Dynamic Kids, like many children’s clubs up and down the country, isn’t unique – it offers arts and crafts; crochet; film days; and fun-filled sports. What is unique is where it is based in Sandwell and the struggles the club has had to keep it open.
The club itself is based at the Charlemont community and youth centre in the heart of the Charlemont Farm estate, first built in 1964, on the border of Walsall and West Bromwich. The centre itself is a small building towered by huge high-rise flats. The only signifier it’s the 21st Century here is the modern cars dotted around the car park.
“We recently opened the shutters from the outside, and the amount of people that have been surprised it’s open is unbelievable on the estate. The centre manager would only open the front door for our playgroups.
“This whole play area for the kids has been completely refurbished by me and my dad. The deal between us and Sandwell Council was if I picked the flooring and the paints, they would order it for me. But I still had to do all the work myself.
“It’s the same when I had to cut the grass all out back because the stinging nettles were completely overflowing.”
Ms Weston said she even continued to run the centre when the heating wasn’t working in the height of December. “If I didn’t, who would be looking after the kids and helping them?”
Outside the community centre itself has a playground of only a slide and a mini blue metal frame. It’s the only play equipment outside the centre in a very small caged piece of grass. Sure, there’s a local park about a 20 second walk away. But even that looks like it hasn’t seen much refurbishment.
The other problem for the community centre is parking. A huge yellow barrier blocks the community centre off from the main roads of Charlemont Farm. That’s in addition to the moon crater potholes dotted along the public right of way.
The right of way is, legally speaking, owned by Sandwell council. But the yellow barrier has prevented groups using the community centre. It’s become a hot topic on the estate, enough for the local councillor, David Fisher, to raise the issue in at least three separate full council meetings.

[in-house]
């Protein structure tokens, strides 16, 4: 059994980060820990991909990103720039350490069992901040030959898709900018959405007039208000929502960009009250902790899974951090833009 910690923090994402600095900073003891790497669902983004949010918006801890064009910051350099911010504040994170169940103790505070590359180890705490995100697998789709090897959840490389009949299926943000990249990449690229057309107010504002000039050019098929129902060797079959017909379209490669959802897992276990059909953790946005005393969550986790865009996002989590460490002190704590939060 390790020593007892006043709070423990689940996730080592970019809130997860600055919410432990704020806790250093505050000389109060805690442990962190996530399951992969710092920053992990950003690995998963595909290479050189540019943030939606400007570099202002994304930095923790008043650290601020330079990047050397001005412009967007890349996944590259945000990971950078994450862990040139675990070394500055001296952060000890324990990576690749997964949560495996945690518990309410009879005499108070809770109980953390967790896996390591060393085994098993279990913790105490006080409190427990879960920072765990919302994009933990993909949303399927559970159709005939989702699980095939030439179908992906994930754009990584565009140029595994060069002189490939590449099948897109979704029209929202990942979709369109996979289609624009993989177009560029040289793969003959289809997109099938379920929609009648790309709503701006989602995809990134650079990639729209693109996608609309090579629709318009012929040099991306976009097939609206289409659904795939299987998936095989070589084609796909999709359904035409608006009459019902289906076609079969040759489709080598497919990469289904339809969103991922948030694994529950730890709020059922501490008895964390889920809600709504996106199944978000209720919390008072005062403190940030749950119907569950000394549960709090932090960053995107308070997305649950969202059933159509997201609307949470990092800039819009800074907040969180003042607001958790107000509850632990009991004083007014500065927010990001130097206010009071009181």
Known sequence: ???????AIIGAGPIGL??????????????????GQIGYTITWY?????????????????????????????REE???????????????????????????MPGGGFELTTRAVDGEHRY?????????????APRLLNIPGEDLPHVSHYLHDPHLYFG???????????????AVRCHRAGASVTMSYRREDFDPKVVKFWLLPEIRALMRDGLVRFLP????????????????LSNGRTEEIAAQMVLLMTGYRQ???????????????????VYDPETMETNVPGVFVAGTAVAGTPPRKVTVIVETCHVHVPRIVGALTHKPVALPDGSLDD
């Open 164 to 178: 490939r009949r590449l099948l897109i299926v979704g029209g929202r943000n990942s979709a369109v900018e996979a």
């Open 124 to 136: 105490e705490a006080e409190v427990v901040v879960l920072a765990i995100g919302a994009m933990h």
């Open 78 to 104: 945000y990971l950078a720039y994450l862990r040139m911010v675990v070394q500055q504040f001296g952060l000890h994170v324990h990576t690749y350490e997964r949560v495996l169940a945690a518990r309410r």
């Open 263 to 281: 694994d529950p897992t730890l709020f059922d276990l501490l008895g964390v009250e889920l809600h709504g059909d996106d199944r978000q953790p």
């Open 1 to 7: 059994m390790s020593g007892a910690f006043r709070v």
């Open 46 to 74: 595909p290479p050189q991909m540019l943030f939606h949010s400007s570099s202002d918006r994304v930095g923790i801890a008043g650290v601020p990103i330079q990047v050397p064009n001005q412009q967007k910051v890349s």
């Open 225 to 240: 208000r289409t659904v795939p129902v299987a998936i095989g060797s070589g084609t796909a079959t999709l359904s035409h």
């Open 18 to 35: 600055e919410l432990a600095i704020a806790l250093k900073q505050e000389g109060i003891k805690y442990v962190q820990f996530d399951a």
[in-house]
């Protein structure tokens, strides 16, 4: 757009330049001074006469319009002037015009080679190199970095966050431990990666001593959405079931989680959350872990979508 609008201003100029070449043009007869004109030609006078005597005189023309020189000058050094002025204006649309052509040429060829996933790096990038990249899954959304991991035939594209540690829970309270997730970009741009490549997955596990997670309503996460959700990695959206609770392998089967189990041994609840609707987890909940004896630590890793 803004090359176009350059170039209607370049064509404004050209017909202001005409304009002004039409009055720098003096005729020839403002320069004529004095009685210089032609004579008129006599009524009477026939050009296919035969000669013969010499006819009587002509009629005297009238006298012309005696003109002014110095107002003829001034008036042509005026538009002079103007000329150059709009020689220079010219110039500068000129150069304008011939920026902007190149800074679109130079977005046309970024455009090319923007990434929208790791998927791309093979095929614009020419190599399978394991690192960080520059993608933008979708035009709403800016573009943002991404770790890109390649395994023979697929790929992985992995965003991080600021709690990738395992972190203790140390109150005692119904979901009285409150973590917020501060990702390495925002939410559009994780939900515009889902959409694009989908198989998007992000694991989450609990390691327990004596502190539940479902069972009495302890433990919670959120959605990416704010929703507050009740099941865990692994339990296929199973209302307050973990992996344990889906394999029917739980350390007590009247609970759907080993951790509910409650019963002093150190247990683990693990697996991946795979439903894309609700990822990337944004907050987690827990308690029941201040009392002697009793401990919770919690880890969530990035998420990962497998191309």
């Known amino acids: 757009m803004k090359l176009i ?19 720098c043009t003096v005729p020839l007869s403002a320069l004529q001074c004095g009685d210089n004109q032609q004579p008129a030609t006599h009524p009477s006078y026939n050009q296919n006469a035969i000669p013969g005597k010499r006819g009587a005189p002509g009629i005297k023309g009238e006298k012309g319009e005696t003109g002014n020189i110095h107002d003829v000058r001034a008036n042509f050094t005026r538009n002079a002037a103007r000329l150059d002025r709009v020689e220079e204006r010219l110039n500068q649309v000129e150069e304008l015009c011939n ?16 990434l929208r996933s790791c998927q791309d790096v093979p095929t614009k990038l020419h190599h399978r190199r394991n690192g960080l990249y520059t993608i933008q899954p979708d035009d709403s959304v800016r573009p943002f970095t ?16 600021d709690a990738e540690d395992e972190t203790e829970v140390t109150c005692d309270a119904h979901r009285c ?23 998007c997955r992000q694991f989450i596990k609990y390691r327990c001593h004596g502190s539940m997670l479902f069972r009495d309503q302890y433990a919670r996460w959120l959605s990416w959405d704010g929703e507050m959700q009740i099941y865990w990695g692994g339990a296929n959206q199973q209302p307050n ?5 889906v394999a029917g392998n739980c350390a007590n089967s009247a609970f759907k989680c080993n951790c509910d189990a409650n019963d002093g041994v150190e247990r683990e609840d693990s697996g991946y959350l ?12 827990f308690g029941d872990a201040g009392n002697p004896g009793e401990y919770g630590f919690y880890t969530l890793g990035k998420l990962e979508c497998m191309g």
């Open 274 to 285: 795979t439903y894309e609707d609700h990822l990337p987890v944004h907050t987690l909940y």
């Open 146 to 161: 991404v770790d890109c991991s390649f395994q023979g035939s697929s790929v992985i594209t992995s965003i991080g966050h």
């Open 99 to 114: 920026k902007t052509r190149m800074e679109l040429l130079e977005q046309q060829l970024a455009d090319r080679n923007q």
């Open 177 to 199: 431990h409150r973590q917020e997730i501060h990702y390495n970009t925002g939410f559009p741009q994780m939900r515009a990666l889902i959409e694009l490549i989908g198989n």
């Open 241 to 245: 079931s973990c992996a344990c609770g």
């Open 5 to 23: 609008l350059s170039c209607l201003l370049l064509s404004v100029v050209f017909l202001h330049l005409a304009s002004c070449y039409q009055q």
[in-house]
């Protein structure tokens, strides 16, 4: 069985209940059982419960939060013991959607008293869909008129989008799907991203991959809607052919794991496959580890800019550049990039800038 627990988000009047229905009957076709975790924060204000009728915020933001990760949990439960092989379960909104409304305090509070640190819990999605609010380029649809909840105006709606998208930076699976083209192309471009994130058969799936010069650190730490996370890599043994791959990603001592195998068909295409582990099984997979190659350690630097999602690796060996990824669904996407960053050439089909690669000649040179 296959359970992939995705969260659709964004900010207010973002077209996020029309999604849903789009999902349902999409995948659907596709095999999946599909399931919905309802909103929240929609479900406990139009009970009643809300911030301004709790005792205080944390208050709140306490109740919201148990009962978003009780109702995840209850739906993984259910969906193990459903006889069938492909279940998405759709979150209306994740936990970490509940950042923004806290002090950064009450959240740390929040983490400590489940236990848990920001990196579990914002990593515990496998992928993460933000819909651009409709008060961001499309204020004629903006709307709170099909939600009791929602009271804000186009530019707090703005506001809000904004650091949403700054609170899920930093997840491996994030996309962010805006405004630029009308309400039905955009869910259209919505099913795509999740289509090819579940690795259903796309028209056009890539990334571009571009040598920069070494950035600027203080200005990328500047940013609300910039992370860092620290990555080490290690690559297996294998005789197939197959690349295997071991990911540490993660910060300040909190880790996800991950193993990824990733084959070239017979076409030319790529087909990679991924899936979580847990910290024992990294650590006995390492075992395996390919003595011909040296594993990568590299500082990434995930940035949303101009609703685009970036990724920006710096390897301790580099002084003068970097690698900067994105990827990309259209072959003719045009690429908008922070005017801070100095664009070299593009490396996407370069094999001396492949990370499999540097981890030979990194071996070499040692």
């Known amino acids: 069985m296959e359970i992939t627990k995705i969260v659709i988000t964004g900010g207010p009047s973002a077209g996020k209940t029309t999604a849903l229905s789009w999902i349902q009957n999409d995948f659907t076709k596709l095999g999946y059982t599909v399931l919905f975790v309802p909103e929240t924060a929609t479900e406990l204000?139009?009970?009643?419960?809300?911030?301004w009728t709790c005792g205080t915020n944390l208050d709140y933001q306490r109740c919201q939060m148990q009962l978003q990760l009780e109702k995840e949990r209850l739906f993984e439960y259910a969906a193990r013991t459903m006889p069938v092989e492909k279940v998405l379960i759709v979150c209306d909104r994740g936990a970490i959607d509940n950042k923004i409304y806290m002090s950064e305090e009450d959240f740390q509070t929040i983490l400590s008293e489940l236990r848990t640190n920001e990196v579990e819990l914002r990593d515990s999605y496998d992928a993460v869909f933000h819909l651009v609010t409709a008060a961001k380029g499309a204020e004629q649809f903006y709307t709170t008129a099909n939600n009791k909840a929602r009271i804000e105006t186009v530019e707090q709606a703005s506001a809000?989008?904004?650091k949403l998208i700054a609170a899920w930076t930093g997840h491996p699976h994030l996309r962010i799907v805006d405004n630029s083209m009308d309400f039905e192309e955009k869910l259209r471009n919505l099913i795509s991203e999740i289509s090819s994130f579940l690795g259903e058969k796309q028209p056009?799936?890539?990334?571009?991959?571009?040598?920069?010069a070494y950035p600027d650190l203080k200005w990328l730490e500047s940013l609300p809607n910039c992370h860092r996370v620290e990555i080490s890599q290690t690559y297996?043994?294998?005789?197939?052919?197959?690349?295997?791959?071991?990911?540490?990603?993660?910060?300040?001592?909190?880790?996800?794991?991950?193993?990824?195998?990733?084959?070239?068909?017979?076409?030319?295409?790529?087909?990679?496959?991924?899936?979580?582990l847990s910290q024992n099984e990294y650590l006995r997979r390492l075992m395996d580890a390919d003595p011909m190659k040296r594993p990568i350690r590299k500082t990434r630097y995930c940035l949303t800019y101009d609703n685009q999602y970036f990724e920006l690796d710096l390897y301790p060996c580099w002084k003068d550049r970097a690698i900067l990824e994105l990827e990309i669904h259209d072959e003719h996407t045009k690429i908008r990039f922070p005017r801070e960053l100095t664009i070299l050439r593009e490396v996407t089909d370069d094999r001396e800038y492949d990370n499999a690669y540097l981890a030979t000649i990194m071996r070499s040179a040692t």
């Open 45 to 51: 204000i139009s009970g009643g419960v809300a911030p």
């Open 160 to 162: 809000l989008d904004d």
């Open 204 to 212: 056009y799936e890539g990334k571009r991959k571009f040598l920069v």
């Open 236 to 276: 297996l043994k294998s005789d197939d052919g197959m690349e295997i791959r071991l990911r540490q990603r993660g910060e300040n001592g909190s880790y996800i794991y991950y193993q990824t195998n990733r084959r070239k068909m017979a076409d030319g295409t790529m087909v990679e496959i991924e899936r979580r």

He said: “There used to be a Saturday morning club for children with disabilities, but that’s been cancelled because nobody could drive any vehicles down here because of the barrier. That group only started around a month ago and it was getting a bit of momentum. It just wasn’t safe for people to come down here on wheelchairs or who were unsteady on their feet.
“We want to keep supporting these guys. They do great work. But we feel there’s been missed opportunities here,” he added.
West Bromwich has received £25 million of funding to improve the town centre. The most prominent funds include regenerating the town centre and creating better cycling and walking access.
Some areas are more funded than others, explained councillor Les Trumpeter, who has lived in the area for the majority of his life.
“Sandwell is such a big place and you wouldn’t really appreciate it until you go from one side to the other. A lot of the funding appears to be in West Bromwich, yes, but it’s not the reality here. We have to fight for things here in Charlemont. Even though we’re in West Bromwich, I think it is a bit of a myth.”
The problem with levelling up, and projects such as those in West Bromwich, prioritises large-scale infrastructure projects. Some thinktanks, such as New Local, has called for the government to introduce a community power act, to devolve power to councils and local people and give them a greater say over local investment. The thinktank says this, rather than the to-down approach by the government, would adequately resource communities and voluntary organisations.
A Sandwell Council spokesperson said: “We are aware of the ongoing concerns regarding public access to Charlemont community centre. The council has a legal right of way, and a barrier erected by the land owner is obstructing that right of way.
“We continue to work with the land owner to enable the council to exercise its rights. However, if the barrier remains, the council will consider enforcement options that may be available to us. The council is in contact with all relevant parties with the intention of agreeing a solution amicably and as quickly as possible.”